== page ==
The contribution of a private higher education institution to the South African higher education landscape

C. N. Tankou Epse Nukunah, A. Bezuidenhout, A. Furtak

Research output: Contribution to journalArticlepeer-review

Abstract

Private Higher Education (PHE) is perceived in South Africa to deliver programmes of questionable quality in search of profit maximisation (CHE 2016, 84). To curb this perception, the Council on Higher Education (CHE) has instituted strict regulations with regard to accrediting qualifications presented by institutions of higher learning. To determine the contributions of PHE to the South African higher education landscape, this article evaluates a registered management programme, recommended by the Higher Education Quality Committee (HEQC) of the CHE, and the South African Qualifications Authority (SAQA) (CHE, 2013). Using Kirkpatrick's (1996) fourlevel model of training programme evaluation as the theoretical framework, the management programme was evaluated to determine its contribution to the South African higher education landscape. The four levels included the perception of the learners, the knowledge gained by the learners, the learners' performance in the workplace and the return on investment. Other stakeholders, such as the sponsors and students' line managers, were interviewed to determine whether the programme had contributed to work outputs. Overall, the results show that the programme is contributing to the development of higher education in South Africa.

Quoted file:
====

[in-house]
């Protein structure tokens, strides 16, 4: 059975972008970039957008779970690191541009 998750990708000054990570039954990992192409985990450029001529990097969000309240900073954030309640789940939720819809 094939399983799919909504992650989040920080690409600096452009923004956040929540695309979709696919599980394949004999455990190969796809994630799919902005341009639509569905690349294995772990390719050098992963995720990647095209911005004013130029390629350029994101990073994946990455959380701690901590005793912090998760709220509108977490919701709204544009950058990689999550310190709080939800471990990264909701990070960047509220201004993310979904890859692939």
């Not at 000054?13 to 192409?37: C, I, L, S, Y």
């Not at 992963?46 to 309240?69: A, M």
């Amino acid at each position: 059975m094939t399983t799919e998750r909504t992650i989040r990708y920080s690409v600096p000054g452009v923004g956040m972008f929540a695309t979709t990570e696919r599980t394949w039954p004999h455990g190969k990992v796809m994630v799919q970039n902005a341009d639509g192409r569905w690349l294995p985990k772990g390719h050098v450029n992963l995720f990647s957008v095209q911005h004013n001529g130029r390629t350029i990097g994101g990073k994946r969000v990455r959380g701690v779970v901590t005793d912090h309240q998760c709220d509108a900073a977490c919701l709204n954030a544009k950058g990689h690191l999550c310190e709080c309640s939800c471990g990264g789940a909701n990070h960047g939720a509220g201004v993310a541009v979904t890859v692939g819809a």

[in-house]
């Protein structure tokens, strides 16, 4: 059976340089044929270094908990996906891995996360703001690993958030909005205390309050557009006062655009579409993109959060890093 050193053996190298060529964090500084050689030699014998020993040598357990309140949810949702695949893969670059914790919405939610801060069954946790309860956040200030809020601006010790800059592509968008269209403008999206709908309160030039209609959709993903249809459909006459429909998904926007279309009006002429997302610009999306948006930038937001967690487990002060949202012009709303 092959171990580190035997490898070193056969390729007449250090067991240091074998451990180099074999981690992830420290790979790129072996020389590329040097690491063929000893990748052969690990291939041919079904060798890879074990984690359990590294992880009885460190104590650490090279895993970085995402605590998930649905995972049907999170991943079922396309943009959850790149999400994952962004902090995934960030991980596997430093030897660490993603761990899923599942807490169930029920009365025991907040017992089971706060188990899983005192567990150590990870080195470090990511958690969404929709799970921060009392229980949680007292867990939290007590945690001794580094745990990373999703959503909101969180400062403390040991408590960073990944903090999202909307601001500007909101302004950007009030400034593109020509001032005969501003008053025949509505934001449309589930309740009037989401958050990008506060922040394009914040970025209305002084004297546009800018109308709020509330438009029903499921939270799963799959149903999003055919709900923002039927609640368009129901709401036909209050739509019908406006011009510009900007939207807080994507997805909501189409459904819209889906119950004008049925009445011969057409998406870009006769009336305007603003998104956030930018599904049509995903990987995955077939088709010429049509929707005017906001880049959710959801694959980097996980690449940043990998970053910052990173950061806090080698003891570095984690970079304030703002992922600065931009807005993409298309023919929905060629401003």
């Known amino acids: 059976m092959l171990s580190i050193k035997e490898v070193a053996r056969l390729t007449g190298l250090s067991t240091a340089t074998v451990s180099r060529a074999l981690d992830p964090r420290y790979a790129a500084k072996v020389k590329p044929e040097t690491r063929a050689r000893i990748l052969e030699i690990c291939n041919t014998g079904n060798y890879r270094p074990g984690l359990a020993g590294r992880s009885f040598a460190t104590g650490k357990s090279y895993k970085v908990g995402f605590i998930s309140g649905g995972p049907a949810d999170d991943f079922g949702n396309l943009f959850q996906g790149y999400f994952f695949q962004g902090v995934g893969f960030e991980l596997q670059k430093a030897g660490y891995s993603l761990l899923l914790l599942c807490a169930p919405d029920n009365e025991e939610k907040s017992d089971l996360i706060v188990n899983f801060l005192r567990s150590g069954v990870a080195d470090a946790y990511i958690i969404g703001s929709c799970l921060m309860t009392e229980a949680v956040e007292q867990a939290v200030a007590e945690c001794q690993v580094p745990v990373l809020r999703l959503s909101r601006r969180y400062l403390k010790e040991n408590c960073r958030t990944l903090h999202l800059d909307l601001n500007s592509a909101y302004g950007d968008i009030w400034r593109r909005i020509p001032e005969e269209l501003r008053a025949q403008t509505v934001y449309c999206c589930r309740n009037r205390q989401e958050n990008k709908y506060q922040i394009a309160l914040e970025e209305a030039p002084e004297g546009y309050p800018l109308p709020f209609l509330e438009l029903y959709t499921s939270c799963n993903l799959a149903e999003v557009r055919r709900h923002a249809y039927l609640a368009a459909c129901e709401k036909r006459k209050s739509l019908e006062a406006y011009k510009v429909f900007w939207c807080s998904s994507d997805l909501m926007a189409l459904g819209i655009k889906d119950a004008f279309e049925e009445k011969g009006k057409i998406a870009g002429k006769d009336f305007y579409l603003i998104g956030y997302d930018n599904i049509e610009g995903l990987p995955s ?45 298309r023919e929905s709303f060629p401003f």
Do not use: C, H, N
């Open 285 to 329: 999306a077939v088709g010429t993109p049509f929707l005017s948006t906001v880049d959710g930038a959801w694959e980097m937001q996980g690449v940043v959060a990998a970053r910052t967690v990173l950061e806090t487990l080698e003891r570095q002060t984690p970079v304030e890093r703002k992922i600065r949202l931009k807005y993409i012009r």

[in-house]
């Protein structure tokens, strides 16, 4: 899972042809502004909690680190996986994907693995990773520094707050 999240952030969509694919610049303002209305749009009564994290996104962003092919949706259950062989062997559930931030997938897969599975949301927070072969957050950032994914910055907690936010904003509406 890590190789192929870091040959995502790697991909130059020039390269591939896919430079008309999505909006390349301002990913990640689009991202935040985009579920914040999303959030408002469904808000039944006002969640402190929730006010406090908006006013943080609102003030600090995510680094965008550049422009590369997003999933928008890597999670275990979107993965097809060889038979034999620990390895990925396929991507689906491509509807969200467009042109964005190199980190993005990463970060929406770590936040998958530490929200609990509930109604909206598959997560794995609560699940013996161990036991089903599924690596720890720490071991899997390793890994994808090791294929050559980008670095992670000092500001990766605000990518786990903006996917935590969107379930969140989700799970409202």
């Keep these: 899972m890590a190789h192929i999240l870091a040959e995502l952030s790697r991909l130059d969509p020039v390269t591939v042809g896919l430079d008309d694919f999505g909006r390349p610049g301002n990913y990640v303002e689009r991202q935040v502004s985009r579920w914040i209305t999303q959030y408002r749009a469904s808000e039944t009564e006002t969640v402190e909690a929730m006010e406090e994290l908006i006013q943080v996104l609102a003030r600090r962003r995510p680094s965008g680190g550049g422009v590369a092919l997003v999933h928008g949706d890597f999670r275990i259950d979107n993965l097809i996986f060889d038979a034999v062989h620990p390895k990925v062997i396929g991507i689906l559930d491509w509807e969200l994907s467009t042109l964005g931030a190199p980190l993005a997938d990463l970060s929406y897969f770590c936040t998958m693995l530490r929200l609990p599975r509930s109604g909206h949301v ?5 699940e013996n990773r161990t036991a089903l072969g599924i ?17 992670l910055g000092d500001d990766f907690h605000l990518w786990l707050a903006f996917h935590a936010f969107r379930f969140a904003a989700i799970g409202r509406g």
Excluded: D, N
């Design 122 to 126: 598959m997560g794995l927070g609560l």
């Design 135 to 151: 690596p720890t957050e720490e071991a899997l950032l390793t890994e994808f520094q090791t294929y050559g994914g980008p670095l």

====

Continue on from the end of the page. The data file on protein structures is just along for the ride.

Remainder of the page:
Original languageEnglish
Pages (from-to)283-300
Number of pages18
JournalSouth African Journal of Higher Education
Volume33
Issue number1
DOIs
Publication statusPublished - 1 Mar 2019

Keywords

  • Council on Higher Education
  • Evaluation
  • Kirkpatrick’s Four-Level Model
  • Management Programme
  • Private Higher Education
  • South African Qualifications Authority
  • Students

Fingerprint

Dive into the research topics of 'The contribution of a private higher education institution to the South African higher education landscape'. Together they form a unique fingerprint.

Cite this